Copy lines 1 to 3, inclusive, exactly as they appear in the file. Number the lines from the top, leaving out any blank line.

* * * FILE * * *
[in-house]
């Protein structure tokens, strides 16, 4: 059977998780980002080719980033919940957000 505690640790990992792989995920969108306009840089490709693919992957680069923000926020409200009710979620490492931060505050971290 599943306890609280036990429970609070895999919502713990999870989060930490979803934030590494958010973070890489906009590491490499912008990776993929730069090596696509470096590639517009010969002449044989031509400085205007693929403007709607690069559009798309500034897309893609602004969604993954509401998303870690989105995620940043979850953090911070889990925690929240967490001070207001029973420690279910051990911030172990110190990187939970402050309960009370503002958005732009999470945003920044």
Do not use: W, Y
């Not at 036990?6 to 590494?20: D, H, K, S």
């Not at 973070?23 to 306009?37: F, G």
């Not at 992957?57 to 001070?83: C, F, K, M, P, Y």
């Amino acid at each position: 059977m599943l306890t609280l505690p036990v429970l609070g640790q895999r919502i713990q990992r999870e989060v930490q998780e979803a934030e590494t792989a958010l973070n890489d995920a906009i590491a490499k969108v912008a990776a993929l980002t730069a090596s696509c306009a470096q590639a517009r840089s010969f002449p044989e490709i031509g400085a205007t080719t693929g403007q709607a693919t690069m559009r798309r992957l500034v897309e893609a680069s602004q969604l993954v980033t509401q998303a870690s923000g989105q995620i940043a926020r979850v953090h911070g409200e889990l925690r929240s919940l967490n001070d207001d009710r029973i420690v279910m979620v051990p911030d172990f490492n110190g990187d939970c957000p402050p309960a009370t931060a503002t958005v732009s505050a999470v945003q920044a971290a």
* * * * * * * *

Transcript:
[in-house]
């Protein structure tokens, strides 16, 4: 059977998780980002080719980033919940957000 505690640790990992792989995920969108306009840089490709693919992957680069923000926020409200009710979620490492931060505050971290 599943306890609280036990429970609070895999919502713990999870989060930490979803934030590494958010973070890489906009590491490499912008990776993929730069090596696509470096590639517009010969002449044989031509400085205007693929403007709607690069559009798309500034897309893609602004969604993954509401998303870690989105995620940043979850953090911070889990925690929240967490001070207001029973420690279910051990911030172990110190990187939970402050309960009370503002958005732009999470945003920044």
Do not use: W, Y